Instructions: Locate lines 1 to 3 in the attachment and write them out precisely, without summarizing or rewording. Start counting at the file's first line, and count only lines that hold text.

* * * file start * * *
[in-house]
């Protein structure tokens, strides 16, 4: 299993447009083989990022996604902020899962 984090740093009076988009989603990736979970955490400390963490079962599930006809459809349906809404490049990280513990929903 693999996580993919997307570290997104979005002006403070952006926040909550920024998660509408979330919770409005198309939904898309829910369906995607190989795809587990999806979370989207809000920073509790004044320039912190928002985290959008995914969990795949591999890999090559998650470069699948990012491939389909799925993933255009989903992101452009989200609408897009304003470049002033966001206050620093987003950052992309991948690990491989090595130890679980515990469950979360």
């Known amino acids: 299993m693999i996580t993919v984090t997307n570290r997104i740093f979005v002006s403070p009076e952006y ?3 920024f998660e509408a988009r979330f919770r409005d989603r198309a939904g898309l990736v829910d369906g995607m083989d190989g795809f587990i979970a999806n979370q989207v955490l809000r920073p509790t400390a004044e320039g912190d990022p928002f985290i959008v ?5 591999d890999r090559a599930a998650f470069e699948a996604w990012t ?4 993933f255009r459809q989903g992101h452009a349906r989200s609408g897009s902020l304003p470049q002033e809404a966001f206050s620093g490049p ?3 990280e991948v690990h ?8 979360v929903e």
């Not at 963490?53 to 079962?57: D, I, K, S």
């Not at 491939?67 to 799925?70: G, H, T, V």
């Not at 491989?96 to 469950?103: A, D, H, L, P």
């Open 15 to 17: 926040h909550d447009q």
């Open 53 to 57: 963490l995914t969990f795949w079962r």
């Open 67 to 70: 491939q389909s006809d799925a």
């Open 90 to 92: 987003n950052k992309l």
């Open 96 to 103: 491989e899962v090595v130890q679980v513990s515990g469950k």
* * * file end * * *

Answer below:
[in-house]
């Protein structure tokens, strides 16, 4: 299993447009083989990022996604902020899962 984090740093009076988009989603990736979970955490400390963490079962599930006809459809349906809404490049990280513990929903 693999996580993919997307570290997104979005002006403070952006926040909550920024998660509408979330919770409005198309939904898309829910369906995607190989795809587990999806979370989207809000920073509790004044320039912190928002985290959008995914969990795949591999890999090559998650470069699948990012491939389909799925993933255009989903992101452009989200609408897009304003470049002033966001206050620093987003950052992309991948690990491989090595130890679980515990469950979360």
């Known amino acids: 299993m693999i996580t993919v984090t997307n570290r997104i740093f979005v002006s403070p009076e952006y ?3 920024f998660e509408a988009r979330f919770r409005d989603r198309a939904g898309l990736v829910d369906g995607m083989d190989g795809f587990i979970a999806n979370q989207v955490l809000r920073p509790t400390a004044e320039g912190d990022p928002f985290i959008v ?5 591999d890999r090559a599930a998650f470069e699948a996604w990012t ?4 993933f255009r459809q989903g992101h452009a349906r989200s609408g897009s902020l304003p470049q002033e809404a966001f206050s620093g490049p ?3 990280e991948v690990h ?8 979360v929903e």